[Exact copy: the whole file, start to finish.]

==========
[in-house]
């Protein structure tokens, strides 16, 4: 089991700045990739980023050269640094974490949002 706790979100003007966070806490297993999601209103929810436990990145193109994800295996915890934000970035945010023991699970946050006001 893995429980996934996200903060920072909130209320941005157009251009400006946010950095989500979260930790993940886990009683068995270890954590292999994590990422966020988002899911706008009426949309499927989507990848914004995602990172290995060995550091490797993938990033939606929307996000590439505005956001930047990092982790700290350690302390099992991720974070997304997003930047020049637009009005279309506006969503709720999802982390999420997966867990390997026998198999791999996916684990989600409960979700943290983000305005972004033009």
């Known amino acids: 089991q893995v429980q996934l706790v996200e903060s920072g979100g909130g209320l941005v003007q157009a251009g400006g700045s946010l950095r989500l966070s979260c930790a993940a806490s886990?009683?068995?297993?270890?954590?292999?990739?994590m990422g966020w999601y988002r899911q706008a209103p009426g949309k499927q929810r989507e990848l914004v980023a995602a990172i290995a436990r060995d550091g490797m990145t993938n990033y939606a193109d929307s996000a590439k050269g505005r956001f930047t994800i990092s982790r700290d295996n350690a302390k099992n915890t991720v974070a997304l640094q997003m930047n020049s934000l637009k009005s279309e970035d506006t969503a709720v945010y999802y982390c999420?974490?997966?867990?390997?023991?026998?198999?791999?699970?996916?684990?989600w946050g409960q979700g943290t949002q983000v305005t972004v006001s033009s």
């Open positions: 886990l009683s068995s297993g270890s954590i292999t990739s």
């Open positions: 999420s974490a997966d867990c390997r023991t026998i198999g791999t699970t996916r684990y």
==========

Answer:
[in-house]
């Protein structure tokens, strides 16, 4: 089991700045990739980023050269640094974490949002 706790979100003007966070806490297993999601209103929810436990990145193109994800295996915890934000970035945010023991699970946050006001 893995429980996934996200903060920072909130209320941005157009251009400006946010950095989500979260930790993940886990009683068995270890954590292999994590990422966020988002899911706008009426949309499927989507990848914004995602990172290995060995550091490797993938990033939606929307996000590439505005956001930047990092982790700290350690302390099992991720974070997304997003930047020049637009009005279309506006969503709720999802982390999420997966867990390997026998198999791999996916684990989600409960979700943290983000305005972004033009």
């Known amino acids: 089991q893995v429980q996934l706790v996200e903060s920072g979100g909130g209320l941005v003007q157009a251009g400006g700045s946010l950095r989500l966070s979260c930790a993940a806490s886990?009683?068995?297993?270890?954590?292999?990739?994590m990422g966020w999601y988002r899911q706008a209103p009426g949309k499927q929810r989507e990848l914004v980023a995602a990172i290995a436990r060995d550091g490797m990145t993938n990033y939606a193109d929307s996000a590439k050269g505005r956001f930047t994800i990092s982790r700290d295996n350690a302390k099992n915890t991720v974070a997304l640094q997003m930047n020049s934000l637009k009005s279309e970035d506006t969503a709720v945010y999802y982390c999420?974490?997966?867990?390997?023991?026998?198999?791999?699970?996916?684990?989600w946050g409960q979700g943290t949002q983000v305005t972004v006001s033009s």
């Open positions: 886990l009683s068995s297993g270890s954590i292999t990739s």
């Open positions: 999420s974490a997966d867990c390997r023991t026998i198999g791999t699970t996916r684990y």